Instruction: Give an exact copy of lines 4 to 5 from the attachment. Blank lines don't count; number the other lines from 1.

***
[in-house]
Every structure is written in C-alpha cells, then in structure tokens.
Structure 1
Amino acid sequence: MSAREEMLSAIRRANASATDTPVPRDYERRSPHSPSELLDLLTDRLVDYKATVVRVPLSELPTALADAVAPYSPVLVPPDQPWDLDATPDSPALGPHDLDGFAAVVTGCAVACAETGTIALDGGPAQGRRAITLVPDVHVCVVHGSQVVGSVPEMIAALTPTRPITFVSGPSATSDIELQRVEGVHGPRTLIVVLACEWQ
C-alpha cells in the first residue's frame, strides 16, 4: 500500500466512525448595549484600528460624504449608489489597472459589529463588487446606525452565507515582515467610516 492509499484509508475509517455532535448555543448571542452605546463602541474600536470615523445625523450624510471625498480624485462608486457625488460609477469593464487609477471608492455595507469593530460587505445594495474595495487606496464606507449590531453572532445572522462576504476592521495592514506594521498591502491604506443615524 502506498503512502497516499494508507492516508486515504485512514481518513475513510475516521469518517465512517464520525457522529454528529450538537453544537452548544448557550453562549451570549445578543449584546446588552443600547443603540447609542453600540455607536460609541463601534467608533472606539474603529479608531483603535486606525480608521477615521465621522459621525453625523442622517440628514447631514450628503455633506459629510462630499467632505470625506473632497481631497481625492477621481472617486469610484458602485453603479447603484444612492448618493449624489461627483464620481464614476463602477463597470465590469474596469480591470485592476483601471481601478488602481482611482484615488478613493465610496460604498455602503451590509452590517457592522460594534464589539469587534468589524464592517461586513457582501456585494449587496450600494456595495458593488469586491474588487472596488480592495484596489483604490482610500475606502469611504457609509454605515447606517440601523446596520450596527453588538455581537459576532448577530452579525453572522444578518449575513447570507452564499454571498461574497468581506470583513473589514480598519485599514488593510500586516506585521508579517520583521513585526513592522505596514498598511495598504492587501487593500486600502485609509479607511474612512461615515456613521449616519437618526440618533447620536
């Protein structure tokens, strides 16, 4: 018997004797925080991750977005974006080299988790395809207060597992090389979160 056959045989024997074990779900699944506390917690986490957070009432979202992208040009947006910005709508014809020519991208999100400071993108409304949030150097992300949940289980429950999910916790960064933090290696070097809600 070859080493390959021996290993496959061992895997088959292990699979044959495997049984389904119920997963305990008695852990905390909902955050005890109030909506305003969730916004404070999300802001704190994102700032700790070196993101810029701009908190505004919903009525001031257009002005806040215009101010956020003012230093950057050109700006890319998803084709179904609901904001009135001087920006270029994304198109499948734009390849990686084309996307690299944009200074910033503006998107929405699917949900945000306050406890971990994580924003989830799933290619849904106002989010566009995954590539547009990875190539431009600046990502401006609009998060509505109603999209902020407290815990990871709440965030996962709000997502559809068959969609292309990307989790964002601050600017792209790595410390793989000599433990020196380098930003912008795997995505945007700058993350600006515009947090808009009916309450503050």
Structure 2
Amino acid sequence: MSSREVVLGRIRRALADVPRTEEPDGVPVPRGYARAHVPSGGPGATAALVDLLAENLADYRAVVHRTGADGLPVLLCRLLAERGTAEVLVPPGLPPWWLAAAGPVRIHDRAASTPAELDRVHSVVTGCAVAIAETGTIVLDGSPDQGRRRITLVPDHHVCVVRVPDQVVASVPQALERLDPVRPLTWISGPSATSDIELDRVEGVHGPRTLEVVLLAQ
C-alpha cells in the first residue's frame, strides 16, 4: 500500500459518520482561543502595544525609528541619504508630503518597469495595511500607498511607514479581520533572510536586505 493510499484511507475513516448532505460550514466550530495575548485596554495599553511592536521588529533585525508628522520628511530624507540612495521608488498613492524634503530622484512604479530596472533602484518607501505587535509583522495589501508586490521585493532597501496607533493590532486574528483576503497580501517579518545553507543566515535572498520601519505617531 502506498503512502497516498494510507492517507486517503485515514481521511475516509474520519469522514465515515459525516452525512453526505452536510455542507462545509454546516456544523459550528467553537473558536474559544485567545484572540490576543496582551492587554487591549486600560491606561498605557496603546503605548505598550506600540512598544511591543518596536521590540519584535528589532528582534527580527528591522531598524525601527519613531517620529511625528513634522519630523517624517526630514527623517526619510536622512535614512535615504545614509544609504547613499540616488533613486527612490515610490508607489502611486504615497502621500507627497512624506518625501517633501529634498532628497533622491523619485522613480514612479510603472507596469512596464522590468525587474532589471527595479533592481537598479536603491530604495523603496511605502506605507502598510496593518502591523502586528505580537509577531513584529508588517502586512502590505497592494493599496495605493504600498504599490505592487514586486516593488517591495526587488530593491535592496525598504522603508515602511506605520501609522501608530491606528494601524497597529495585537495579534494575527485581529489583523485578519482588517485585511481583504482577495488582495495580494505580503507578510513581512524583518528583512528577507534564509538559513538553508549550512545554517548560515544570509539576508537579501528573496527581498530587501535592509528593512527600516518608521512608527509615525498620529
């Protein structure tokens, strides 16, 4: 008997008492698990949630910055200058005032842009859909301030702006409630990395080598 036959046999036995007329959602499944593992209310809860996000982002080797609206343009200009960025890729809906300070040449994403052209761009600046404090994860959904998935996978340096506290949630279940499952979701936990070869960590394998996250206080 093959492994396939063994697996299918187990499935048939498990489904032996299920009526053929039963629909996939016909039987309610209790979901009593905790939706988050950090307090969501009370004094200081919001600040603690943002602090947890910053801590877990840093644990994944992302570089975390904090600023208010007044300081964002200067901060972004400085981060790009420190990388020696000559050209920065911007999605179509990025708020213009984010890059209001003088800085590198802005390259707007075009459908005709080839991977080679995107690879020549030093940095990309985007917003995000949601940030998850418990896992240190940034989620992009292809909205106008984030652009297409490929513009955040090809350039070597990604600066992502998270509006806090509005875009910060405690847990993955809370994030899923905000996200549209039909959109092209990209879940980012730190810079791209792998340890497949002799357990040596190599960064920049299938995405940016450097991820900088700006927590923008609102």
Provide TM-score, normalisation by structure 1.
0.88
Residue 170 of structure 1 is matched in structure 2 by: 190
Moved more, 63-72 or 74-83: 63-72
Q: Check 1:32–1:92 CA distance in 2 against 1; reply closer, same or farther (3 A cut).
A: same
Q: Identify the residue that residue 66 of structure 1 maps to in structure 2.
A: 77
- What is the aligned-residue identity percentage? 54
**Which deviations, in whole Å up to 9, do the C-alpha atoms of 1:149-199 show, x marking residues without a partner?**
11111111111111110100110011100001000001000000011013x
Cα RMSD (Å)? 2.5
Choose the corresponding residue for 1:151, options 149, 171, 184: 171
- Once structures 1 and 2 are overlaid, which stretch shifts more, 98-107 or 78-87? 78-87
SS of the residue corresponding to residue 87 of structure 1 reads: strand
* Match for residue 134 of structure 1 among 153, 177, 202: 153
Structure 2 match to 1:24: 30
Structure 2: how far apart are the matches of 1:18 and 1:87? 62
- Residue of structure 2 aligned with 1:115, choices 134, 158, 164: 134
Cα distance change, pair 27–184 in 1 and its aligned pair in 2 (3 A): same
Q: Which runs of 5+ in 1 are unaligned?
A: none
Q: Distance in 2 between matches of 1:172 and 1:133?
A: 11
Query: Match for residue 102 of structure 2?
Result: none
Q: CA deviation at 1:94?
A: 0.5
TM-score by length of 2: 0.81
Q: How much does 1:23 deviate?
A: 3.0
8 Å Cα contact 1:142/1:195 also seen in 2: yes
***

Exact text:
Amino acid sequence: MSAREEMLSAIRRANASATDTPVPRDYERRSPHSPSELLDLLTDRLVDYKATVVRVPLSELPTALADAVAPYSPVLVPPDQPWDLDATPDSPALGPHDLDGFAAVVTGCAVACAETGTIALDGGPAQGRRAITLVPDVHVCVVHGSQVVGSVPEMIAALTPTRPITFVSGPSATSDIELQRVEGVHGPRTLIVVLACEWQ
C-alpha cells in the first residue's frame, strides 16, 4: 500500500466512525448595549484600528460624504449608489489597472459589529463588487446606525452565507515582515467610516 492509499484509508475509517455532535448555543448571542452605546463602541474600536470615523445625523450624510471625498480624485462608486457625488460609477469593464487609477471608492455595507469593530460587505445594495474595495487606496464606507449590531453572532445572522462576504476592521495592514506594521498591502491604506443615524 502506498503512502497516499494508507492516508486515504485512514481518513475513510475516521469518517465512517464520525457522529454528529450538537453544537452548544448557550453562549451570549445578543449584546446588552443600547443603540447609542453600540455607536460609541463601534467608533472606539474603529479608531483603535486606525480608521477615521465621522459621525453625523442622517440628514447631514450628503455633506459629510462630499467632505470625506473632497481631497481625492477621481472617486469610484458602485453603479447603484444612492448618493449624489461627483464620481464614476463602477463597470465590469474596469480591470485592476483601471481601478488602481482611482484615488478613493465610496460604498455602503451590509452590517457592522460594534464589539469587534468589524464592517461586513457582501456585494449587496450600494456595495458593488469586491474588487472596488480592495484596489483604490482610500475606502469611504457609509454605515447606517440601523446596520450596527453588538455581537459576532448577530452579525453572522444578518449575513447570507452564499454571498461574497468581506470583513473589514480598519485599514488593510500586516506585521508579517520583521513585526513592522505596514498598511495598504492587501487593500486600502485609509479607511474612512461615515456613521449616519437618526440618533447620536